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Re: [Covenanted Reformation] Re: Being & Well-Being defined

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  • Larry Bump
    Probably not, just someone interjecting a point that confuses. Paul was indeed fallible, as he admits. But his words as quoted were indeed infallible. Non
    Message 1 of 107 , Jul 3, 2005
      Probably not, just someone interjecting a point that confuses. Paul was
      indeed fallible, as he admits. But his words as quoted were indeed
      infallible.

      Non sequitur posing as a red herring, I think. Otherwise you may notice the
      lingering odor from myself, Edgar, and any other former papist idolater.


      ----- Original Message -----
      From: "gmw" <raging.calvinist@...>
      >
      > (Sniff, sniff...)
      >
      > You guys smell a Papist?
      >
      > --- In covenantedreformationclub@yahoogroups.com, "persons1n3"
      > <persons1n3@y...> wrote:
      >
      > > says the infallible Paul (1 Tim.3:15).
      >
      > Dear,... oh, I'm gonna call you Gary for now, you just correct me if
      > I'm wrong, k?
      >
      > I freely admit I need to brush up on some of my theology, but I'm
      > pretty sure Paul was not infallible. The Word of God, which the Holy
      > Ghost did move him to commit to writing, is infallible. But the man
      > Paul was as fallible as you are I or Cardinal Ratzinger.
      >
      > gmw.
      >
      >
      >
      >
      >
      >
      > Yahoo! Groups Links
      >
      >
      >
      >
      >
      >
    • Matthew Winzer
      ... 3:16 says the Scriptures are formally sufficient?
      Message 107 of 107 , Jul 7, 2005
        >>>Suit him (the Man of God), or are you
        saying this proves that 2 Tim.
        3:16 says the Scriptures are formally sufficient?<<<
         
        The point is, that when one finds something that will perfectly suits their purpose, they cease looking elsewhere, because what they possess is sufficient.  Likewise...  I had better complete the analogy: when the man of God finds that the Scriptures are fitted to make him perfect, he doesn't look elsewhere, because what he possesses is sufficient.
         
        >>>Which verse are you referring to? Correct me if I am wrong. but I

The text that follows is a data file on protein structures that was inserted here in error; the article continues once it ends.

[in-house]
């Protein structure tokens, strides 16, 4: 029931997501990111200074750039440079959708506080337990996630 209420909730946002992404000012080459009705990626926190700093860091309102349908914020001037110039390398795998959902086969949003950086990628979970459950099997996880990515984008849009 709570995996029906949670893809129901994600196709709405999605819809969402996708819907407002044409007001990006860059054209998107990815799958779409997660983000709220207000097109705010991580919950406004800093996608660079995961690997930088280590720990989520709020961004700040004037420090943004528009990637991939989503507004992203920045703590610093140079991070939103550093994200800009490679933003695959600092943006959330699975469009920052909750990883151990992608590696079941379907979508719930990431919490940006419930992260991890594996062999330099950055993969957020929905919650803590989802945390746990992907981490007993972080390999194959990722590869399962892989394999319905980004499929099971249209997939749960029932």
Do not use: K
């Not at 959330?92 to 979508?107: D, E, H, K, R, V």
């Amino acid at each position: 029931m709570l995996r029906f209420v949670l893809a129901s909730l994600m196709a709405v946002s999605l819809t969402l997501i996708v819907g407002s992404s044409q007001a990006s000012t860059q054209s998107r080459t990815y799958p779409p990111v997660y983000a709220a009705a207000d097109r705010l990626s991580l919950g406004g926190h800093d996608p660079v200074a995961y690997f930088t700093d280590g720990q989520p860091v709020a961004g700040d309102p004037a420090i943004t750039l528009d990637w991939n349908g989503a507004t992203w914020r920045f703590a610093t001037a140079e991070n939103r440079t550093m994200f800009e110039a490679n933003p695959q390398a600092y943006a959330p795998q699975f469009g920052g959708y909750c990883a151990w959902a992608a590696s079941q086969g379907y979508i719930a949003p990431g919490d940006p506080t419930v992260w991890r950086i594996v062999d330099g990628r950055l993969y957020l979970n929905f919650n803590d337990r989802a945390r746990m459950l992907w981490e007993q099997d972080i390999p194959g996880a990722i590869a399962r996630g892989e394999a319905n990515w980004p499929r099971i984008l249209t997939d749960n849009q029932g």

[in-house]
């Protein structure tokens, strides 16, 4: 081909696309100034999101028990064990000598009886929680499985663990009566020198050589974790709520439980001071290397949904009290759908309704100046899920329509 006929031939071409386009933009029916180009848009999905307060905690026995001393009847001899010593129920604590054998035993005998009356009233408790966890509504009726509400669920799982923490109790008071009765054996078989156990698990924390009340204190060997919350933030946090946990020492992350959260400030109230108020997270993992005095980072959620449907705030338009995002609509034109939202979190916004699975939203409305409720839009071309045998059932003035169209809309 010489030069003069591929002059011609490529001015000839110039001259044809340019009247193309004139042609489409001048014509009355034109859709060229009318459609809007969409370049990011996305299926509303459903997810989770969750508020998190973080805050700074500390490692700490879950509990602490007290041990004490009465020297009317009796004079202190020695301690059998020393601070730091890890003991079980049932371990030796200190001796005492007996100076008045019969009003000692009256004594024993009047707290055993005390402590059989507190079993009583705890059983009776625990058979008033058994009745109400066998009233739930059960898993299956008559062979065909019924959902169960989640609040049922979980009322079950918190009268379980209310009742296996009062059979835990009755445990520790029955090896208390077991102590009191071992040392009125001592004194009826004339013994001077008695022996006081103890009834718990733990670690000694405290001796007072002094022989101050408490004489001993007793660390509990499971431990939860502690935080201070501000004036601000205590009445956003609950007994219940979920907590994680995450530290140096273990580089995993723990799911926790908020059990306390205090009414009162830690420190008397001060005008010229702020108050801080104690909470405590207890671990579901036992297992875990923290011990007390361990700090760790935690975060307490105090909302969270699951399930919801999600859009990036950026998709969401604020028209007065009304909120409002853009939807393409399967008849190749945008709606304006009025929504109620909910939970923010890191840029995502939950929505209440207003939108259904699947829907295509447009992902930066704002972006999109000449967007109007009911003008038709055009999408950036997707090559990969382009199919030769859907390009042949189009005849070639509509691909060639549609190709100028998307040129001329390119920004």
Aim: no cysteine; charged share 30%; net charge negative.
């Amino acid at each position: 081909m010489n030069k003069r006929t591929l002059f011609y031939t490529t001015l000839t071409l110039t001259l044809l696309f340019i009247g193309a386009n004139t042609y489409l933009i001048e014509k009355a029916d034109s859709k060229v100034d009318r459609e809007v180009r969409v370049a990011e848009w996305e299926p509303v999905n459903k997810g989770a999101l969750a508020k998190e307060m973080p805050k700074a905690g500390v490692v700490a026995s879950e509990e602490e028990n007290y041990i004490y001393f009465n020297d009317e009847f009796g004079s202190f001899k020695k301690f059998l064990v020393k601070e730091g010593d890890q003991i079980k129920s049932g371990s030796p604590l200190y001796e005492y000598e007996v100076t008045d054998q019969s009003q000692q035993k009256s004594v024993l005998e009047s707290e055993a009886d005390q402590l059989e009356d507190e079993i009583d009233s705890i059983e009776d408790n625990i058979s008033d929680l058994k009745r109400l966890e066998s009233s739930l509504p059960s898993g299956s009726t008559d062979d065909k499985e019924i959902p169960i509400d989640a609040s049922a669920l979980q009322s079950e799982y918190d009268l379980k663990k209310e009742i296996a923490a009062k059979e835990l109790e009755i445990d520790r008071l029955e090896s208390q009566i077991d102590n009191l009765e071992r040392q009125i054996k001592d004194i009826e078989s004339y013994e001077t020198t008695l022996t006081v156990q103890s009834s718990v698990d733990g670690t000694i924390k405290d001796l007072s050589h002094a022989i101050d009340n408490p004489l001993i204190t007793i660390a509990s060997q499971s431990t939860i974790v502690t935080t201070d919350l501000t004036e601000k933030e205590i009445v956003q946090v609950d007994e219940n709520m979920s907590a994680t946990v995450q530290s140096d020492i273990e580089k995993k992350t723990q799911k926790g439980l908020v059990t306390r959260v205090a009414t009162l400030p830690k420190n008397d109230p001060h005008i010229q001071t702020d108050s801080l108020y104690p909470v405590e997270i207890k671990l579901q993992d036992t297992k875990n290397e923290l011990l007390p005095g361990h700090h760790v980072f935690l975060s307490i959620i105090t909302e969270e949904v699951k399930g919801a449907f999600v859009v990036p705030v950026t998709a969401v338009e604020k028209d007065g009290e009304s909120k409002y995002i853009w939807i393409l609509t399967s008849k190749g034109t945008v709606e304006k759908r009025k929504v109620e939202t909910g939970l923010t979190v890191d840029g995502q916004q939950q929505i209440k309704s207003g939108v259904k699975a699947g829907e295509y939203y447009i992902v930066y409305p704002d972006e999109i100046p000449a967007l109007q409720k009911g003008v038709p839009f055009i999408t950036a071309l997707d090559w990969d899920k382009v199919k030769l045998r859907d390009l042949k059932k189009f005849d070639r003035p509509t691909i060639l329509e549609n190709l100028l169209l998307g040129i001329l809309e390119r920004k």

see no distinction in 2 Thes 2:15. If you can show me a verse, I
        will se that the Protestant position is the correct / bibical one.<<<
         
        I am not referring to any verse at this point, but to the oral tradition itself.  I have now clarified this three times.  Tradition informs us of the canon of Scripture, according to RCism.  Well that tradition, by setting apart the canon of Scripture, has testified to the superiority of this revelation over all else.  Hence, if RCism claims the authority of oral tradition, Protestantism asks, what does the tradition teach?  It teaches that Scripture is superior to the tradition.  Why else would the tradition set apart a *canon*, or *rule* of faith and life?
         
        But let us turn to the much quoted 2 Thess. 2:15, and what do we learn?  We learn that the apostle tells them to hold the traditions which they had been taught, whether by word, or by his epistle.  What were these traditions?  Why, he himself has already told the Thessalonians in v. 5, "Remember ye not, that, when I was yet with you, I *told you these things*?"  The tradition, therefore, which they are being exhorted to hold, is nothing other than what he had previously told them AND which he had revealed in this epistle, concerning the advent of the man of sin before the coming of the Lord Jesus.  It is not a case of the epistle teaching one thing, and the oral tradition adding what might be missing.  What was taught verbally is the exact same with what he taught in the epistle.  "These things" that he had told them, are the same things that he wrote to them about.  Thus there is no reference here to an oral tradition which teaches anything additional to the written revelation.
         
        Now the verse has been supplied, 2 Tim. 3:16, in favour of sola Scriptura; the oft-quoted verse in favour of an oral tradition parallel with Scripture, 2 Thess. 2:15, has been vindicated; and the oral tradition itself has been appealed to, in order to show that it bears witness to the superiority of Scripture.
         
        Yours sincerely,
        Matthew Winzer
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